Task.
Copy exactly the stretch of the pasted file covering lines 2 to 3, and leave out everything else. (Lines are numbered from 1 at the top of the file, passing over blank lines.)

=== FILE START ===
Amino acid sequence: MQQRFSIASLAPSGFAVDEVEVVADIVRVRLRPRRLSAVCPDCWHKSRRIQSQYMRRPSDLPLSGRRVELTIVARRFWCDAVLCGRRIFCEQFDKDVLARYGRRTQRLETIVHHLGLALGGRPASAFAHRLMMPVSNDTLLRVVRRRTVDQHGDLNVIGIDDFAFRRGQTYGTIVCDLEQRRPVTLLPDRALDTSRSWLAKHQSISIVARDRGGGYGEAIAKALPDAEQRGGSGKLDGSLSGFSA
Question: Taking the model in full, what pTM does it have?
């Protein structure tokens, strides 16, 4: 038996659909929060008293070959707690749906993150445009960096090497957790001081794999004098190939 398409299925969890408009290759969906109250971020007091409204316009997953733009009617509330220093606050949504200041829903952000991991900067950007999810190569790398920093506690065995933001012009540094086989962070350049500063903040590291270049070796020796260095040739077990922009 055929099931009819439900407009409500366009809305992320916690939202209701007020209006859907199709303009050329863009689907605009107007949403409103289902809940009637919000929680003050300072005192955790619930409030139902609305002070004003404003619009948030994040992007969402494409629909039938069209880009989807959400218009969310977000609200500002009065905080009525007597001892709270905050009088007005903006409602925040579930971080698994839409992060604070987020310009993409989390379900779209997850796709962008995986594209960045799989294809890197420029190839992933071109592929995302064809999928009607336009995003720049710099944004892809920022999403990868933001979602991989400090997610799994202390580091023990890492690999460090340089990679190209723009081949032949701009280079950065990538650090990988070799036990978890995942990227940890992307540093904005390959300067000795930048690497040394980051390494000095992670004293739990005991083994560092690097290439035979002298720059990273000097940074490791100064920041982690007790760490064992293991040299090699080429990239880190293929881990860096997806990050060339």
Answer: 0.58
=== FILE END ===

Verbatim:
Question: Taking the model in full, what pTM does it have?
């Protein structure tokens, strides 16, 4: 038996659909929060008293070959707690749906993150445009960096090497957790001081794999004098190939 398409299925969890408009290759969906109250971020007091409204316009997953733009009617509330220093606050949504200041829903952000991991900067950007999810190569790398920093506690065995933001012009540094086989962070350049500063903040590291270049070796020796260095040739077990922009 055929099931009819439900407009409500366009809305992320916690939202209701007020209006859907199709303009050329863009689907605009107007949403409103289902809940009637919000929680003050300072005192955790619930409030139902609305002070004003404003619009948030994040992007969402494409629909039938069209880009989807959400218009969310977000609200500002009065905080009525007597001892709270905050009088007005903006409602925040579930971080698994839409992060604070987020310009993409989390379900779209997850796709962008995986594209960045799989294809890197420029190839992933071109592929995302064809999928009607336009995003720049710099944004892809920022999403990868933001979602991989400090997610799994202390580091023990890492690999460090340089990679190209723009081949032949701009280079950065990538650090990988070799036990978890995942990227940890992307540093904005390959300067000795930048690497040394980051390494000095992670004293739990005991083994560092690097290439035979002298720059990273000097940074490791100064920041982690007790760490064992293991040299090699080429990239880190293929881990860096997806990050060339």